751G.00/6–2254: Telegram

The United States Delegation to the Department of State


Secto 502. Repeated information Paris 484, Saigon 197. Learning Heath was in Paris yesterday, the Vietnamese Defense Minister, Quat, asked to see him. Quat said there had been some “feelers” for him to remain in Ngo Dinh Diem’s cabinet. Before making up his mind, he wanted to be certain of Ngo Dinh Diem’s policy. He said that too many [Page 1223] of Ngo Dinh Diem’s supporters were neutralists of the Indian school; that neutralism was no answer to the Communist attempts to take over Vietnam.

Quat said he expected to see General Ely today. He was greatly alarmed over the French plan of drawing in their lines to encompass what they called the “useful delta” which meant a rather narrow parallelogram from Hanoi to Haiphong. When this idea had originally been broached the French said they would ask the Vietnamese National Army to defend the provinces to the west of the parallelogram, notably the two Catholic provinces of Phat Diem and Bui Chu. Quat had accepted this proposition provided the French would agree to give artillery and aviation support and group mobile in case of a large-scale Viet Minh attack. The French agreed. Now, however, the French said they could furnish neither artillery, aviation or group mobile and the Vietnamese Army lacking such support could not hope to withstand a determined Viet Minh attack. Quat said it was of the utmost importance that an attempt be made to hold these western and southern delta provinces since they were the source of manpower for the national army. He could not hope to build up the national army to the desired strength during 1954 without recruits from the north delta. With all due regard to the southern Vietnamese the best and most willing recruits were only to be found in the north.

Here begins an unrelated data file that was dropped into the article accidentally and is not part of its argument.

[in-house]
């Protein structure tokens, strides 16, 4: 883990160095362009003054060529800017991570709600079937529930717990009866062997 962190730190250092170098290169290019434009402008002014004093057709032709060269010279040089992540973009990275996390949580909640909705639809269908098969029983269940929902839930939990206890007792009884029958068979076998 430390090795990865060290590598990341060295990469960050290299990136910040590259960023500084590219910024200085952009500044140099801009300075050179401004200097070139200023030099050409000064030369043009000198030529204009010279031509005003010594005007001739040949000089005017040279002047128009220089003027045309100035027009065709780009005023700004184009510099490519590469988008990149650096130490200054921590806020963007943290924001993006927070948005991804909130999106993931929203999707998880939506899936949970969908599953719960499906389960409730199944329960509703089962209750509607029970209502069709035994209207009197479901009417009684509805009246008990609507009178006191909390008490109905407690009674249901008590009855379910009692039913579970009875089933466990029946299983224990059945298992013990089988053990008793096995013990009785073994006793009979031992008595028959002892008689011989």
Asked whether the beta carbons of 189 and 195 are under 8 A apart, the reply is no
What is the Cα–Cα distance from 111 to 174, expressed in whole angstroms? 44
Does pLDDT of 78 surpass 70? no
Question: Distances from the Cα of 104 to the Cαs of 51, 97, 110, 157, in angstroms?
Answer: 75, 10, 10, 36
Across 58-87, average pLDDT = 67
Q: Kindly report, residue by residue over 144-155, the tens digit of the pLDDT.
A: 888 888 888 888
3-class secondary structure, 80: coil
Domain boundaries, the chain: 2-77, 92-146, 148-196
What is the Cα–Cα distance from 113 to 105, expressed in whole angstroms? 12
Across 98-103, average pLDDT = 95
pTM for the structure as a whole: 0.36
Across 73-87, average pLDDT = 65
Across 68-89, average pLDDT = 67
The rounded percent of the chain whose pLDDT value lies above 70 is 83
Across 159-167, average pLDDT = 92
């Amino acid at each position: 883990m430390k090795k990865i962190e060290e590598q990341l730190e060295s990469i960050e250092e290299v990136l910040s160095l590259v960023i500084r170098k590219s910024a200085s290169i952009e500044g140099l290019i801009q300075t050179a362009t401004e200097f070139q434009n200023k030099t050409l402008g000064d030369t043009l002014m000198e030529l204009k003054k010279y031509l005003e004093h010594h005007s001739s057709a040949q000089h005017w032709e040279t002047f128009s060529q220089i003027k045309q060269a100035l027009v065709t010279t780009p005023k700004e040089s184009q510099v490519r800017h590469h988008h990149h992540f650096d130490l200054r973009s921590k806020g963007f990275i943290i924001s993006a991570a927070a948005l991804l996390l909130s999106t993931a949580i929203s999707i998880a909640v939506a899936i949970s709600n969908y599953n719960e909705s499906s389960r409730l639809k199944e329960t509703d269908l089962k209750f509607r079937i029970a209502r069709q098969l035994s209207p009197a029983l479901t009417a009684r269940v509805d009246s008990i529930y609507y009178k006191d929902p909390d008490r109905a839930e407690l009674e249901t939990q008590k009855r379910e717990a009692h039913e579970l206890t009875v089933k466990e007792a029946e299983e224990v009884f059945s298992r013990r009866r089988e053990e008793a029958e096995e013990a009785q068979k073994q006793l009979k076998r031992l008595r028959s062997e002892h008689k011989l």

Quat went on to say that while one must not underestimate the gravity of the military situation of the Franco-Vietnamese forces, one should not forget the Viet Minh were having their difficulties also and were desirous of peace in which they could consolidate their positions. He asserted that Viet Minh had had very great recruiting difficulties at the time they were increasing their attack on Dien Bien Phu and from the regions around Nim Dinh and Nam Dinh the Viet Minh had gotten only 15 and 20 percent of the recruits they had planned to conscript.